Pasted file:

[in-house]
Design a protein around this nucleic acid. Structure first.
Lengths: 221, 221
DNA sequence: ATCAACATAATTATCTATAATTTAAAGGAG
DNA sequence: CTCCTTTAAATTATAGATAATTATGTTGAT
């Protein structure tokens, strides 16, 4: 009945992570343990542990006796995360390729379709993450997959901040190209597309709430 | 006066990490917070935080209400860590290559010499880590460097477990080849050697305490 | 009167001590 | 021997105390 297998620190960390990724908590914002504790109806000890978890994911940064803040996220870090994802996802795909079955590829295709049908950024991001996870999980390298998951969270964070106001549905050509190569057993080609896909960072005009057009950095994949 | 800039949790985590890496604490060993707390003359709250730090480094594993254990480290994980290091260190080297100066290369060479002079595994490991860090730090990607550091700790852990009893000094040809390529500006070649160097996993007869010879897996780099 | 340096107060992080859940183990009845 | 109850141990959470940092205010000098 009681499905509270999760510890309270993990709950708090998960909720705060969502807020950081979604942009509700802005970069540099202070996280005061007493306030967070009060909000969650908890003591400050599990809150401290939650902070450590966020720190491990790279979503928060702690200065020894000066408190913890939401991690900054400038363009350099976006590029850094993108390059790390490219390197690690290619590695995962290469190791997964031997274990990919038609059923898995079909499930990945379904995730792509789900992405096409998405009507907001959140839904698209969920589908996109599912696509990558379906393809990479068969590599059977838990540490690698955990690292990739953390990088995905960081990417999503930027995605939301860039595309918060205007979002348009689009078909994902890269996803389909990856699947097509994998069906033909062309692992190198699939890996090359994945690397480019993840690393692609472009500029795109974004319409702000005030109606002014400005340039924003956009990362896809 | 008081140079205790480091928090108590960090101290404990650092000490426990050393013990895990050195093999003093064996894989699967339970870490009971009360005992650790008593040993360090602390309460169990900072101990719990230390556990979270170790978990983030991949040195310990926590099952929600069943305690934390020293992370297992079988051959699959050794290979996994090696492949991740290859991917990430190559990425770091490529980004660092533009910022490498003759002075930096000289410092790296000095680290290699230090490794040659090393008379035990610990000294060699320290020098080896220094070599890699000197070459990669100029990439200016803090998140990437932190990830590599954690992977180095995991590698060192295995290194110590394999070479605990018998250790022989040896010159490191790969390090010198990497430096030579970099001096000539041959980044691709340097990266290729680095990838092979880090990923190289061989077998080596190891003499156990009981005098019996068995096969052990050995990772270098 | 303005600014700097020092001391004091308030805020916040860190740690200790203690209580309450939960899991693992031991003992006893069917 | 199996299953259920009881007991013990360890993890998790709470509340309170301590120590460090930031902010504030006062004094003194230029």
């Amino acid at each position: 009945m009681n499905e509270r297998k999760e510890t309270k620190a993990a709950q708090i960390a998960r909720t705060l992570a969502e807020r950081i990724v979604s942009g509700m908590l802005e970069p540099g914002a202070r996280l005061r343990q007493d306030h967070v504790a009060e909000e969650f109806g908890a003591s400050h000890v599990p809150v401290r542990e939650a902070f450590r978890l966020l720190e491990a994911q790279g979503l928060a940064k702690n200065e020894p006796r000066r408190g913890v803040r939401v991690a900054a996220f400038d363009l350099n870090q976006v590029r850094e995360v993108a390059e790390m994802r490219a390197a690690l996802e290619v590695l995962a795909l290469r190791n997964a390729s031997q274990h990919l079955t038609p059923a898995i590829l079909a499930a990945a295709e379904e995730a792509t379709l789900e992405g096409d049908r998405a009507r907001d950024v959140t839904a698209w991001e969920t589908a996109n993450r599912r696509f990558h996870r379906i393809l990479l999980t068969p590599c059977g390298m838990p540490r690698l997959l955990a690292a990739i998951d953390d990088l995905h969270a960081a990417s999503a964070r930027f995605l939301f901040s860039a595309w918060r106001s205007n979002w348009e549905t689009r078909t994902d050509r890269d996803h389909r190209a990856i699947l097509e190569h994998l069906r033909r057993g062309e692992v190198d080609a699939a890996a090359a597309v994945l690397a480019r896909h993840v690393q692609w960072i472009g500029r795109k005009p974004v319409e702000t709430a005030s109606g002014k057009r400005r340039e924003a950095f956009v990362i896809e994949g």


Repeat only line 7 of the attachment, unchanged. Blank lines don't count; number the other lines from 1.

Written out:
């Amino acid at each position: 009945m009681n499905e509270r297998k999760e510890t309270k620190a993990a709950q708090i960390a998960r909720t705060l992570a969502e807020r950081i990724v979604s942009g509700m908590l802005e970069p540099g914002a202070r996280l005061r343990q007493d306030h967070v504790a009060e909000e969650f109806g908890a003591s400050h000890v599990p809150v401290r542990e939650a902070f450590r978890l966020l720190e491990a994911q790279g979503l928060a940064k702690n200065e020894p006796r000066r408190g913890v803040r939401v991690a900054a996220f400038d363009l350099n870090q976006v590029r850094e995360v993108a390059e790390m994802r490219a390197a690690l996802e290619v590695l995962a795909l290469r190791n997964a390729s031997q274990h990919l079955t038609p059923a898995i590829l079909a499930a990945a295709e379904e995730a792509t379709l789900e992405g096409d049908r998405a009507r907001d950024v959140t839904a698209w991001e969920t589908a996109n993450r599912r696509f990558h996870r379906i393809l990479l999980t068969p590599c059977g390298m838990p540490r690698l997959l955990a690292a990739i998951d953390d990088l995905h969270a960081a990417s999503a964070r930027f995605l939301f901040s860039a595309w918060r106001s205007n979002w348009e549905t689009r078909t994902d050509r890269d996803h389909r190209a990856i699947l097509e190569h994998l069906r033909r057993g062309e692992v190198d080609a699939a890996a090359a597309v994945l690397a480019r896909h993840v690393q692609w960072i472009g500029r795109k005009p974004v319409e702000t709430a005030s109606g002014k057009r400005r340039e924003a950095f956009v990362i896809e994949g």